How reliable was it that Jon was in love with her? Where is the love story built between them? In a single sex scene last season? In some Disney’s Dragon’s flight they have taken together? After all, if he had really loved her, Dany would not have gone ballistic and thought that only fear was the right way. So please decide D&D, he loves her, and it makes it harder for him to assassinate her, or does not love her and that is not an issue for him.

How reliable was Arya saying to Jon: “I know a killer when I see one.”

Oh, really Sherlock? really? Not anyone with eyes in his head sees an insane killer in front of him now?

credibility level: your blind date is really as cute as you were told.

There’s a concept when you see a series or a movie called “Suspension of Disbelief”, that’s the space where the viewer is, as long as he manages to hold his mistrust of watching just tv, and still believes that that the things he sees on his screen are happening now. As long as the viewer is in this space, he can relate to what is happening on the screen, even when he knows that what he sees is fantastic and does not exist in our reality.

But there is a limit to this space. If you cross it the viewer’s mind stops believing what it sees on the screen, and in response any dialogue and scene seems to him unreliable, not as if he sees things that could have existed somehow, but sees actors, however good they are, who simply recite a script in front of a theatrical scenery and maybe some CGI effects and nothing more.

And that’s exactly how it felt in each of the scenes in the finale, some more and some less absurd, because this barrier is broken to pieces, when the characters do not act the way we expect them to behave, as we know them, and as we know the world works.

After all, how reasonable it sounds that Jon is removed from King’s Landing, and from the life of the Seven Kingdoms, after all the “he’s a Targaryen and a Stark” buildup, how the kingdom loves him, and how great a leader he is, and how he’s next in line to inherit the throne, while doesn’t even want it which means (according to Tyrian saying it later on Bran) he deserves to sit on it.

What a crazy eight seasons buildup of a character, and for what? So that in the end he would be sent to join the Night Watch, impotent now that there is no Night King, but it just existing, and Jon was going to join the free folk with his wolf, who quite frankly if I was her I would lift one leg and leave after his attitude at their last meeting? That’s what Jon deserves after he saved the entire kingdom from total destruction of a crazy queen, because one Grey Worm wanted his head and a second later left for Naath? How all of that supposed to connect in our heads?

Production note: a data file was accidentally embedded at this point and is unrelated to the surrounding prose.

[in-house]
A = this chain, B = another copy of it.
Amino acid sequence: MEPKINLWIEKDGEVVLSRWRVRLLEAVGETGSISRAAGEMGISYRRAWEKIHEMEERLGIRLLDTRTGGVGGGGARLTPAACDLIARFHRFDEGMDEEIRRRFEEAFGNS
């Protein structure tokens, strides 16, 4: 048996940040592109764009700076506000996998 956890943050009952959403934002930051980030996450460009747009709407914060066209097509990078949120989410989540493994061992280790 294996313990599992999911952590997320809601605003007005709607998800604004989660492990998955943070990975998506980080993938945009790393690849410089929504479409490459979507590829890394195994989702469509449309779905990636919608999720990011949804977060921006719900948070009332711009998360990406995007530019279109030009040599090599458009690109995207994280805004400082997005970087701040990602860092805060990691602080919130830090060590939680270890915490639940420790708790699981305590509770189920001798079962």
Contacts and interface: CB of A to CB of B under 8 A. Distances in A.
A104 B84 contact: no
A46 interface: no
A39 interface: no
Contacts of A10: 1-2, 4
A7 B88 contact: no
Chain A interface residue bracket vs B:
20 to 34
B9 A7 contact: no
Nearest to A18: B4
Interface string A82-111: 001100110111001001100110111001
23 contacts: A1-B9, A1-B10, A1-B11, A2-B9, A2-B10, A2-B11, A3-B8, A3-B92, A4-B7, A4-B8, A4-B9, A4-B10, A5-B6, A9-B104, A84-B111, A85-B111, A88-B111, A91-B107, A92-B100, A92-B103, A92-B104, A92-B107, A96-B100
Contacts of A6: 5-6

A total script disaster.

And finally, the most horrific part of the episode, and perhaps of the entire series, the Dragonpit Summit, which chose Bran as the next king of Westeros.

First, what’s with the Comedians Club atmosphere guys?

Edmure Tully peaching while abruptly silenced and hit his sword in a chair as if we are watching Kramer in the Seinfeld Finale.

And then Sam proposes democracy and everyone laughs at him, which is clearly happened at a screenwriters’ meeting where one offered this solution and everyone was crack laughing, and some other Incompetent scriptwriter said – oh let’s put this In the script, it’ll be cool! Well, it’s not, it’s weird and shameful.

And finally Tyrion decides to do “King’s speech” of his own, designed to convince us viewers that Bran must sit on the (nonexistent) Iron Throne, because he has the best story of them all.

Here they just gone too far, this is a point where D&D told us, go to hell! We want to end this farce Martin stuck us with, he told us the goal is for Bran to rule the seven kingdoms, that’s what you’re getting, and dammit if the way there sounds illogical to you!

Bran says, why do you think I come this far? I’ll tell you why Bran, because Martin told you to come! And nothing else makes sense.

What a good story has the one who sat on his ass all season, literally, did not use a bit of all the abilities they gave him, and at the most critical moment for him, the Battle of Winterfel, the only thing the unsuccessful scriptwriters managed to let him do, is warg into ravens, gather intelligence and keep it to himself.

What did you do to deserve this Bran?!?

Remember that Tyrion told Bran in episode 4 this season that he is now the legal heir as Ned Stark’s only eldest son, but Bran says that “he will never be a Lord now,” and we get it as he is the three-eyed raven who removed himself from all human matters.

And Tyrion says he is jealous of him for his powers, but Bran says he is not – because he lives only in memories of the past.

So where does this dialogue work out with what happened at the summit? How can they think that we will not cross our barrier of disbelief and cry shame for making a fool out of us? I just do not understand what they had in mind in episode 4 with this dialogue when they already know the end game? Why do you include this contradictory dialogue? Only God knows.

If anything, Jon has the best and logical story – a Targaryen, who was raised as a bastard, was exiled to the Night Watch and eventually commanded them, resurrected by the god of light, fought great battles, risen to prominence till becoming king of the north, The queen’s hand, and finally the saver of the kingdom from her!

Who can compete with this story Tyrion? Really Bran? Or is the only story that competes with Jon’s story is the one Martin sold to D&D that Bran should be the King Of Westeros and they ate it and in a transitive way they tried to feed us with it too?